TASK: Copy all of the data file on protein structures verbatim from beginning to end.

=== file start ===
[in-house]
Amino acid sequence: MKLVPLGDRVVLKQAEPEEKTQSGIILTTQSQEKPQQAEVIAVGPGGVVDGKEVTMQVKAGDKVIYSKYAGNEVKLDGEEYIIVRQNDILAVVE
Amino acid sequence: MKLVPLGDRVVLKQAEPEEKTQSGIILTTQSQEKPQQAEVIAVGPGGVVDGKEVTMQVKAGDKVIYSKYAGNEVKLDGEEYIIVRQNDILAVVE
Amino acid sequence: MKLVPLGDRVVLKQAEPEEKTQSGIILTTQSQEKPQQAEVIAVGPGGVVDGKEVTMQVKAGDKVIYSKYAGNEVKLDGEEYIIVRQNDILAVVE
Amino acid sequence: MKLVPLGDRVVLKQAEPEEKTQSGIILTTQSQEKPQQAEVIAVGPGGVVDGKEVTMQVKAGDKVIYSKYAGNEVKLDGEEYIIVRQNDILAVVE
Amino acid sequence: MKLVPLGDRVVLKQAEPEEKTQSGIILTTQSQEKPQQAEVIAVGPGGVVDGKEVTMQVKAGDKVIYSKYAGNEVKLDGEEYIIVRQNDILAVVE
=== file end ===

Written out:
[in-house]
Amino acid sequence: MKLVPLGDRVVLKQAEPEEKTQSGIILTTQSQEKPQQAEVIAVGPGGVVDGKEVTMQVKAGDKVIYSKYAGNEVKLDGEEYIIVRQNDILAVVE
Amino acid sequence: MKLVPLGDRVVLKQAEPEEKTQSGIILTTQSQEKPQQAEVIAVGPGGVVDGKEVTMQVKAGDKVIYSKYAGNEVKLDGEEYIIVRQNDILAVVE
Amino acid sequence: MKLVPLGDRVVLKQAEPEEKTQSGIILTTQSQEKPQQAEVIAVGPGGVVDGKEVTMQVKAGDKVIYSKYAGNEVKLDGEEYIIVRQNDILAVVE
Amino acid sequence: MKLVPLGDRVVLKQAEPEEKTQSGIILTTQSQEKPQQAEVIAVGPGGVVDGKEVTMQVKAGDKVIYSKYAGNEVKLDGEEYIIVRQNDILAVVE
Amino acid sequence: MKLVPLGDRVVLKQAEPEEKTQSGIILTTQSQEKPQQAEVIAVGPGGVVDGKEVTMQVKAGDKVIYSKYAGNEVKLDGEEYIIVRQNDILAVVE